A pleasant day was spent in the company of football loving Geordies and we witnessed Newcastle United hammer Barnsley to the tune of 6-1. St. James Park is a just a few minutes walk from Newcastle Central Station and we ambled back there after the game in plenty time to catch our train back to Edinburgh at 18.05. Can you guess what happened next, dear reader? Yep, our train was late. 75 minutes late.

We headed back into the centre of Newcastle to partake in alcoholic refreshment - again, for medicinal purposes to keep the cold weather at bay. With our train's departure time now 19.24 we headed for platform two for 19.15. Mild panic set in when the departure board stated our train had arrived - but the dozens of fellow passengers milling around the platform indicated otherwise. The notice then changed to 'expected 19.31'

By now our frustration had turned to anger - as it had done with most of the other passengers looking to head north. There was no tannoy announcement regarding our train's late arrival and no information from bemused looking Cross Country Train officials. As much as I love the city of Newcastle, the prospect of spending the entire evening at Central Station wasn't an appealing one.

Eventually the train arrived at 19.33 - nearly ninety minutes late. The train departed Newcastle at the time it should have been arriving in Edinburgh. The reason given for the delay was there had been a fatality at Grantham. Now incidents such as these and the consequent delays unfortunately do happen. But it would have been nice if Cross Country Trains had kept their beleaguered passengers informed - or even had the foresight to run an extra train from Newcastle to Edinburgh in order to keep their customers happy. Back in the old days when Britain's railways were nationalised this may well have happened but with today's privatised industry generation this was never a possibility.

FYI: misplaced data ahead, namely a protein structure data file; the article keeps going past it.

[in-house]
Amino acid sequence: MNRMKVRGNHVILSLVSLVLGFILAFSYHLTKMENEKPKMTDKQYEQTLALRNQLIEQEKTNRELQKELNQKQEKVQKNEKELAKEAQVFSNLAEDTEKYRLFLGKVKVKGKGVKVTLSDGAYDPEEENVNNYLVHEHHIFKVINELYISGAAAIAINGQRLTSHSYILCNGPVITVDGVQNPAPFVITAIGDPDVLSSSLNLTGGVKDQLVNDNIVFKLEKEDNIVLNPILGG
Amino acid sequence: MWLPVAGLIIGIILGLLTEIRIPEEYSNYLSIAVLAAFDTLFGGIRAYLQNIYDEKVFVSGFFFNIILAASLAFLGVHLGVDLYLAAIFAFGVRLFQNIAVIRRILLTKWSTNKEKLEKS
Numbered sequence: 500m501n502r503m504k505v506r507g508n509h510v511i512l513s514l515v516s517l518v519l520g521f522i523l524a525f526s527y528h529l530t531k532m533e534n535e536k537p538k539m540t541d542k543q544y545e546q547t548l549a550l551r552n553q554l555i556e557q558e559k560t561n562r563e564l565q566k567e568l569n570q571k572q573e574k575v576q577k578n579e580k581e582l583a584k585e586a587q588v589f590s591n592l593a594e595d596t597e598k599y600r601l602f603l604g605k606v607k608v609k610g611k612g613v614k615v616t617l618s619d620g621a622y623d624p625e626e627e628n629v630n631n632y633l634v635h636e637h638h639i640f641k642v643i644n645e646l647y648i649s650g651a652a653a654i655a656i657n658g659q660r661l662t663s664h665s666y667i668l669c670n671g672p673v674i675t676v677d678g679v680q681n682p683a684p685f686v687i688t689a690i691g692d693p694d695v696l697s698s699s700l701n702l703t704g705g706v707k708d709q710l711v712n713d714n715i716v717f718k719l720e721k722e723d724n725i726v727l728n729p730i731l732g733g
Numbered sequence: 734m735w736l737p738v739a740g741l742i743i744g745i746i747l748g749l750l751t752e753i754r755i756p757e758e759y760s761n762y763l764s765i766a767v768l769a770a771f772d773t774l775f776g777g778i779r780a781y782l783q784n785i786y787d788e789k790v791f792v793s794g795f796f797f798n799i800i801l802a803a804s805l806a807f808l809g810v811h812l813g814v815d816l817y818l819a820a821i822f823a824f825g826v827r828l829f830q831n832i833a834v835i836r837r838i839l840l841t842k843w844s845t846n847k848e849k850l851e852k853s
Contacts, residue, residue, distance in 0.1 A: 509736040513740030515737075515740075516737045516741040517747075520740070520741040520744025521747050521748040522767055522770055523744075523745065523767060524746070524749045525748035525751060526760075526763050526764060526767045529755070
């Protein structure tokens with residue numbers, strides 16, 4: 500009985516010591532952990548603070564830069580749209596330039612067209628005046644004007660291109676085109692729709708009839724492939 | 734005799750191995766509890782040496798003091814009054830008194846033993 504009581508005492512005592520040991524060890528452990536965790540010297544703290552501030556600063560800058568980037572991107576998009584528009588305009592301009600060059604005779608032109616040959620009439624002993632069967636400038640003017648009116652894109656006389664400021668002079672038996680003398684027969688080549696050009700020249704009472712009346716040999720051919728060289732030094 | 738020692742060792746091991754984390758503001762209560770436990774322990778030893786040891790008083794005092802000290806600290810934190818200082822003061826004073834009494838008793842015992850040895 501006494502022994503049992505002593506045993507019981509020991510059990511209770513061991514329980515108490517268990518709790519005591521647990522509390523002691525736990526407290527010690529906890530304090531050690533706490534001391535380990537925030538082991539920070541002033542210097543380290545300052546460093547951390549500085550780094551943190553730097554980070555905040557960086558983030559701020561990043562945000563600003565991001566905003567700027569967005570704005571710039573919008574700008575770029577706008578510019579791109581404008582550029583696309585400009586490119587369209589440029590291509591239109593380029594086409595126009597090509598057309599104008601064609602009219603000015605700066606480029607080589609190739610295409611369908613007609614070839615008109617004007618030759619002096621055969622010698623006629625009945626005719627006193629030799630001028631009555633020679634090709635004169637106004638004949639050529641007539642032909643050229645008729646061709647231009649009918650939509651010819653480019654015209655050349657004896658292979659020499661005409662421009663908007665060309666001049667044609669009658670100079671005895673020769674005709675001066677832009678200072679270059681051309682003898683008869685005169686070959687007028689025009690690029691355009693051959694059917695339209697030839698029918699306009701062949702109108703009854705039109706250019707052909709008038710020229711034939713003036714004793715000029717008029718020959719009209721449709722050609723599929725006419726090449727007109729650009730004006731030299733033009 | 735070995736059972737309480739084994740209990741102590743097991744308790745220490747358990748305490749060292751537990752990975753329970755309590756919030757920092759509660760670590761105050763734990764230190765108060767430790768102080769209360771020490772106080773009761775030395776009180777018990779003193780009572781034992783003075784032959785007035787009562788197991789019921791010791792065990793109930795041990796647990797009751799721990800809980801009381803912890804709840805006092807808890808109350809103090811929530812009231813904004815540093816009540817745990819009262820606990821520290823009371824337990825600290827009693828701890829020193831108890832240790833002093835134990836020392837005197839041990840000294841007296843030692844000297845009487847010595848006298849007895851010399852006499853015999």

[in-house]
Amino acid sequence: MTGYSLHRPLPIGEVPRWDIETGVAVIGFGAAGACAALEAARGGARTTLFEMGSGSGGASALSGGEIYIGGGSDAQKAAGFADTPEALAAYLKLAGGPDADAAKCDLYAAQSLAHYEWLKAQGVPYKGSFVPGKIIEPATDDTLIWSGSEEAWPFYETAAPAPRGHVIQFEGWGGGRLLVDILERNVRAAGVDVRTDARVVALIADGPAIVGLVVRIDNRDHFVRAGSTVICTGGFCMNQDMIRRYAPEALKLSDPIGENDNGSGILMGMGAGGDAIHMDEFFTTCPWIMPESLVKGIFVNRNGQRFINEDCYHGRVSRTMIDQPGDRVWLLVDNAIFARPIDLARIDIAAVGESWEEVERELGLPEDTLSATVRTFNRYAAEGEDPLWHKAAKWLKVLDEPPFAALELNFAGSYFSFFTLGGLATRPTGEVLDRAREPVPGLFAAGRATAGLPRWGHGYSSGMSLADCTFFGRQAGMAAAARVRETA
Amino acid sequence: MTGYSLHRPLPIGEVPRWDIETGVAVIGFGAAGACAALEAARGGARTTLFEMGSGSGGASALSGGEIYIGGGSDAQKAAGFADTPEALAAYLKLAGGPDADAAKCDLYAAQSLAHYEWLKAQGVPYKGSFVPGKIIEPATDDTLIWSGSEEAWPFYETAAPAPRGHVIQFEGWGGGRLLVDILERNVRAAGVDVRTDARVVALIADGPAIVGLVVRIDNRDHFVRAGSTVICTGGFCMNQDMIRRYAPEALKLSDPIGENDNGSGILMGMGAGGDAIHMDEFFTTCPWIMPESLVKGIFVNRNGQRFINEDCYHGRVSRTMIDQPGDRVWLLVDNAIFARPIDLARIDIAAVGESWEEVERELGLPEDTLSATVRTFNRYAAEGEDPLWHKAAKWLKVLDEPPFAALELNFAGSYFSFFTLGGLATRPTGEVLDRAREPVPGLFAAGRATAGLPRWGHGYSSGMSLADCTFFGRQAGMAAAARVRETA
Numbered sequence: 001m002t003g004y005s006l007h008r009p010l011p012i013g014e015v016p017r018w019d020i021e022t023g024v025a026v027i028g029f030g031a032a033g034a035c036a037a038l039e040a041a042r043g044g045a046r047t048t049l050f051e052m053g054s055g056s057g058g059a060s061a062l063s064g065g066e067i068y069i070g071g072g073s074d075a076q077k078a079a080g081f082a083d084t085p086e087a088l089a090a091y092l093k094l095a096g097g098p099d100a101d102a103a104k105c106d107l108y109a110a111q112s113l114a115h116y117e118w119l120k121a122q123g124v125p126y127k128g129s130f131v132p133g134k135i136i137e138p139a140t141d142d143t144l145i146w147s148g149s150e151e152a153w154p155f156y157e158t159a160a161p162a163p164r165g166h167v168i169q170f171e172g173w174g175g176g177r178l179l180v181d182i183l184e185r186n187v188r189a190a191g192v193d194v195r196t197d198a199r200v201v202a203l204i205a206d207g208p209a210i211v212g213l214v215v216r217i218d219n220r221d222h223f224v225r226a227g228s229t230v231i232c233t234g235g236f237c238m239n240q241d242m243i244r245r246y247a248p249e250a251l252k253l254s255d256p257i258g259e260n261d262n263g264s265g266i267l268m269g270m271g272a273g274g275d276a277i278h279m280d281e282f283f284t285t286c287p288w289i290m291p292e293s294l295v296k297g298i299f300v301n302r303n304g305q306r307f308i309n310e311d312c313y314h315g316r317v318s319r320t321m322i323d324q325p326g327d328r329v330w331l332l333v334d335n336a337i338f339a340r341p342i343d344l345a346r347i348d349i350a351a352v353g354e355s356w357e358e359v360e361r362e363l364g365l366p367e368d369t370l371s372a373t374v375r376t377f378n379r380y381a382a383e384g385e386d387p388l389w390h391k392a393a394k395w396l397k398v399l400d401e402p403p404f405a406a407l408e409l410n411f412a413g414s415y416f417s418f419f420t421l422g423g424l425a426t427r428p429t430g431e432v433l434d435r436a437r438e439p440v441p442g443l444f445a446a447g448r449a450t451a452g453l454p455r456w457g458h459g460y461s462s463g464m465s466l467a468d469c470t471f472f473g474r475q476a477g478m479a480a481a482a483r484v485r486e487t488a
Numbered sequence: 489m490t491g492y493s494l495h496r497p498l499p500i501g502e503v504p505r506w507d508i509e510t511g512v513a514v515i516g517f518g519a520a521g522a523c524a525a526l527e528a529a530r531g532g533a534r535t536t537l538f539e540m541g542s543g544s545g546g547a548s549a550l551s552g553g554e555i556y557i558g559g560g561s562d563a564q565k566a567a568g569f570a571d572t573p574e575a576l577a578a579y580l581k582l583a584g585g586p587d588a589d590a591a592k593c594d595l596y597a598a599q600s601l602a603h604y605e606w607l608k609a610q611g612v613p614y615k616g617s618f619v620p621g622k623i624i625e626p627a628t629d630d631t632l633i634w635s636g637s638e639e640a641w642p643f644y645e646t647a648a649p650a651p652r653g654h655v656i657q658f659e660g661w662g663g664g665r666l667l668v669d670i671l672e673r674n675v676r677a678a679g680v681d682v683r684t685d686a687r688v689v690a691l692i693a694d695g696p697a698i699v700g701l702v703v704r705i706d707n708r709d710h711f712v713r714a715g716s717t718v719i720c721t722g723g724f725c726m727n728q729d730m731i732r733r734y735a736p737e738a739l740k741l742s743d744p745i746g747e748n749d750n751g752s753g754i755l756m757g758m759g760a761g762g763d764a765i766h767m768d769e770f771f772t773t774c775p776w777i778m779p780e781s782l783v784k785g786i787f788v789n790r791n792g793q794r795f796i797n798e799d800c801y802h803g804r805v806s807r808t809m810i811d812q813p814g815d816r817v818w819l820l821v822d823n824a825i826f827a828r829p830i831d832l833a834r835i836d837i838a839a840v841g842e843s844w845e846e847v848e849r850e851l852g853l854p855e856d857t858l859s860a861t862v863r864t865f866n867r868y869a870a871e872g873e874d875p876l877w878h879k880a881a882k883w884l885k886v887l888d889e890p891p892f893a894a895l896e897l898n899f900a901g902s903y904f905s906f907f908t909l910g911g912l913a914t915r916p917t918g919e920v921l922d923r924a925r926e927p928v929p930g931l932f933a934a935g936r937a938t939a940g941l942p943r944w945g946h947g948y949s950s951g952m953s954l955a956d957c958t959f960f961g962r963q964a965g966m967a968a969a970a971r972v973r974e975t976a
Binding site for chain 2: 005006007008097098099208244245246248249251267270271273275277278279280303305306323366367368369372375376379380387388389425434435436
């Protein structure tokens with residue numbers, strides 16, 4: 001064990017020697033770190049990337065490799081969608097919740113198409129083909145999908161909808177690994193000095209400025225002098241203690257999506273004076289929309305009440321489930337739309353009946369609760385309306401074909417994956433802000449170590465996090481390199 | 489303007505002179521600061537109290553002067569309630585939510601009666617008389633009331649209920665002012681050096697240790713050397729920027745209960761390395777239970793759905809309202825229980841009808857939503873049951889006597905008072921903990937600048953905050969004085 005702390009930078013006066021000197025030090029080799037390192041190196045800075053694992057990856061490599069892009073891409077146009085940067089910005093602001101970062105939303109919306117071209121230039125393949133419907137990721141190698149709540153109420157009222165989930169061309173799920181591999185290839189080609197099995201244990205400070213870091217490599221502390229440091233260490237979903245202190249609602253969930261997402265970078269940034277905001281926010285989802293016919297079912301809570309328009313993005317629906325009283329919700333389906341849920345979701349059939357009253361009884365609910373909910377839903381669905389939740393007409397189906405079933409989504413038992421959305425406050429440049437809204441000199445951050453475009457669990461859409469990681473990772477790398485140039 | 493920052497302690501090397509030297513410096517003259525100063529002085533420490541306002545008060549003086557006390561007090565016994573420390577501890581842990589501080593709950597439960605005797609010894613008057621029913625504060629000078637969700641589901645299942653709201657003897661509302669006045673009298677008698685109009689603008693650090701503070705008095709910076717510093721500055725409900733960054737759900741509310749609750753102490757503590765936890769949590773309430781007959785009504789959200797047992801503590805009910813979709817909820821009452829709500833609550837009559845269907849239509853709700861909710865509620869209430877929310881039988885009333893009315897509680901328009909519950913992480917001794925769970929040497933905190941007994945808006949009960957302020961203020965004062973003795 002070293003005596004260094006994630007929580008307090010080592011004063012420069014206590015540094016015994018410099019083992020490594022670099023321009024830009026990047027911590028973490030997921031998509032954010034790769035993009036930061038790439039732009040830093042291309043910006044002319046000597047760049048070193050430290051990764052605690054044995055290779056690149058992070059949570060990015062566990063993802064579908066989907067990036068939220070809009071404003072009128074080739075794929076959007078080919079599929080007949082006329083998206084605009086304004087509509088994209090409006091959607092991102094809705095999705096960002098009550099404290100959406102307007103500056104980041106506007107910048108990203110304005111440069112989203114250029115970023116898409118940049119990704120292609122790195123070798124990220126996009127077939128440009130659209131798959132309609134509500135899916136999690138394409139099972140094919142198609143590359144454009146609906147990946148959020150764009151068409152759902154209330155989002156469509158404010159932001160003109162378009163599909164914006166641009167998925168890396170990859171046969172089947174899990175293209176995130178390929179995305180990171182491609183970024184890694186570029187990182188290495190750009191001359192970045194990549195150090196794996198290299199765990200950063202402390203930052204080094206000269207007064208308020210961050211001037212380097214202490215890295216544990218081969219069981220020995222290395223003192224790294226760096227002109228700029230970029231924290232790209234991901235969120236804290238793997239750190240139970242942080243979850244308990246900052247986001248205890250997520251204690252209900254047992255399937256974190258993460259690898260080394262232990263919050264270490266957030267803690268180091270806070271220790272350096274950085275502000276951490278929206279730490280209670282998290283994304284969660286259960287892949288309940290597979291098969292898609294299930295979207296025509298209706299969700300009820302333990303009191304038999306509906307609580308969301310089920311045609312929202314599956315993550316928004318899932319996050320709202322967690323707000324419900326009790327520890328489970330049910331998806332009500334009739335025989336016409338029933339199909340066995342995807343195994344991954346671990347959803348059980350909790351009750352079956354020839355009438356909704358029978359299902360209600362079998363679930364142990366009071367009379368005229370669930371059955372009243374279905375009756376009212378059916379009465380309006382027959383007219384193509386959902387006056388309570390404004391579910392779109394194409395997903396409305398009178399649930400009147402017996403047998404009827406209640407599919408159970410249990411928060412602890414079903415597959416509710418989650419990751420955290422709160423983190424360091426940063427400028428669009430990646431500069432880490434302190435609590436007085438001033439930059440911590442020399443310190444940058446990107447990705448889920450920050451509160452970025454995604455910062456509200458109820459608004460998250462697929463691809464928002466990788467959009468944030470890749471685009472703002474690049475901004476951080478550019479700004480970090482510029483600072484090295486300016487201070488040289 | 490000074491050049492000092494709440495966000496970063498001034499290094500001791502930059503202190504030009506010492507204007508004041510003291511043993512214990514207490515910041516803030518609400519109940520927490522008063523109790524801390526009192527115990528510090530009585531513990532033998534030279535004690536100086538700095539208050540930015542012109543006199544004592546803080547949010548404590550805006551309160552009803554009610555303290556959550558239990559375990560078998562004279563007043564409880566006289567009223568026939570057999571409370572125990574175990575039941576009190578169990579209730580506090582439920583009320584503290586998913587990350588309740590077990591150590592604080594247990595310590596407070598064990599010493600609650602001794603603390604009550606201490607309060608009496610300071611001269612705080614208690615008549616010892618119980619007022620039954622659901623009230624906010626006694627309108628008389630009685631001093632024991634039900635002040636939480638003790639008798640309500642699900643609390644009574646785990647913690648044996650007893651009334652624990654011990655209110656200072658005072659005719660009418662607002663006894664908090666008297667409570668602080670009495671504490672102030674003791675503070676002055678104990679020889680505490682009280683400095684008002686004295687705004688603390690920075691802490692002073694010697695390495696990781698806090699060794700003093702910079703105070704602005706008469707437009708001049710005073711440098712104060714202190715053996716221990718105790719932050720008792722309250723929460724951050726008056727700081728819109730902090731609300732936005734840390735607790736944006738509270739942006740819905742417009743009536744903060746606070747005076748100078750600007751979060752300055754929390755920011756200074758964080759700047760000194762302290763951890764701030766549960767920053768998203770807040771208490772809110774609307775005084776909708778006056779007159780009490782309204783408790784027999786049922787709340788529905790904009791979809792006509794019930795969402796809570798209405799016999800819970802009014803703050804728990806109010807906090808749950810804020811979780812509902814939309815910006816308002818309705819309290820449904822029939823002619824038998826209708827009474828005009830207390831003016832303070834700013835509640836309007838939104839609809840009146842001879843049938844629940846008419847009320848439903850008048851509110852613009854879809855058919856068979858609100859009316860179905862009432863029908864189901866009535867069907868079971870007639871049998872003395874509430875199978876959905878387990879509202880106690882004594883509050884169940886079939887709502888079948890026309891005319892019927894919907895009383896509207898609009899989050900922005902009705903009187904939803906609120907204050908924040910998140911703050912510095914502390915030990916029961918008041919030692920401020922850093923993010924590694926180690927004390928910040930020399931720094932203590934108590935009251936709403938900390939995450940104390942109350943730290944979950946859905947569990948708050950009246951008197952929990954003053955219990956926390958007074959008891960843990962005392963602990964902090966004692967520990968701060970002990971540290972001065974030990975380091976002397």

So if you're intending to travel with the rather aptly named Cross Country Trains - although furious is a rather more accurate description than 'Cross' - expect your train to be running late. And don't expect to be kept informed...

Tuesday, 2 March 2010

MBNA - Would You Credit It?


For years I maintained I would never own a credit card. I insisted that I could my manage my finances perfectly well without one and I saw the card as a millstone, encouraging high levels of debt and incurring crippling levels of interest. However, technology has influenced the way we live like few could have imagined and now having a credit card is essential for buying things on the internet and such like. A few years ago I took out a Bank of Scotland credit card but then replaced this with what seemed like a good deal from an American company called MBNA. And it was - until now.
Yesterday and again this morning, I tried to use my card to make deposits to my account at Bet365 website. The first attempts were not processed as they were 'not authorised'. Thinking it was the fault of the Bet365 website, I tried Ladbrokes - but the same problem occurred.